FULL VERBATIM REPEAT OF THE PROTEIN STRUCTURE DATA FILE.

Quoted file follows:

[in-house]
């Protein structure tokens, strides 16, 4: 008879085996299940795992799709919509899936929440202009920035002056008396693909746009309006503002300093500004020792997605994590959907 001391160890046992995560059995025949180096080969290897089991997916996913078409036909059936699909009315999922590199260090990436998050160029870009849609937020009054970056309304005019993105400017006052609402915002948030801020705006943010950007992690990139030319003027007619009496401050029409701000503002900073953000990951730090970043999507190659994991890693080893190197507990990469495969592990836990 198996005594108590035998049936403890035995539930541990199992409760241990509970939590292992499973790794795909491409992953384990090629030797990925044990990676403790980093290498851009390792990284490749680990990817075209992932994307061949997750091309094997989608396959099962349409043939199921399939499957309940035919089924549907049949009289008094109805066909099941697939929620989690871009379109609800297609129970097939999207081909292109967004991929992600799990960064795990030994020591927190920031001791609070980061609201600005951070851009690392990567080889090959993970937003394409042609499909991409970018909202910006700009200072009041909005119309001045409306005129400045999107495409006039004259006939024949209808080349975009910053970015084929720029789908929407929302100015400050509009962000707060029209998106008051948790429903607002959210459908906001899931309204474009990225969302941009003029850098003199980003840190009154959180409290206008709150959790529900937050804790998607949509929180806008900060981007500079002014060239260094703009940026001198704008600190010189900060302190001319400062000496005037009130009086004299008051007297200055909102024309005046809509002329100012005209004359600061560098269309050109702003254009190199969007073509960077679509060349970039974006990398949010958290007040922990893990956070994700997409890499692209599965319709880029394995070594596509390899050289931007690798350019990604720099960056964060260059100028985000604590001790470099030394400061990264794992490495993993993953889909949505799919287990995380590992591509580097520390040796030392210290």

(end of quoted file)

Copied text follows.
[in-house]
């Protein structure tokens, strides 16, 4: 008879085996299940795992799709919509899936929440202009920035002056008396693909746009309006503002300093500004020792997605994590959907 001391160890046992995560059995025949180096080969290897089991997916996913078409036909059936699909009315999922590199260090990436998050160029870009849609937020009054970056309304005019993105400017006052609402915002948030801020705006943010950007992690990139030319003027007619009496401050029409701000503002900073953000990951730090970043999507190659994991890693080893190197507990990469495969592990836990 198996005594108590035998049936403890035995539930541990199992409760241990509970939590292992499973790794795909491409992953384990090629030797990925044990990676403790980093290498851009390792990284490749680990990817075209992932994307061949997750091309094997989608396959099962349409043939199921399939499957309940035919089924549907049949009289008094109805066909099941697939929620989690871009379109609800297609129970097939999207081909292109967004991929992600799990960064795990030994020591927190920031001791609070980061609201600005951070851009690392990567080889090959993970937003394409042609499909991409970018909202910006700009200072009041909005119309001045409306005129400045999107495409006039004259006939024949209808080349975009910053970015084929720029789908929407929302100015400050509009962000707060029209998106008051948790429903607002959210459908906001899931309204474009990225969302941009003029850098003199980003840190009154959180409290206008709150959790529900937050804790998607949509929180806008900060981007500079002014060239260094703009940026001198704008600190010189900060302190001319400062000496005037009130009086004299008051007297200055909102024309005046809509002329100012005209004359600061560098269309050109702003254009190199969007073509960077679509060349970039974006990398949010958290007040922990893990956070994700997409890499692209599965319709880029394995070594596509390899050289931007690798350019990604720099960056964060260059100028985000604590001790470099030394400061990264794992490495993993993953889909949505799919287990995380590992591509580097520390040796030392210290």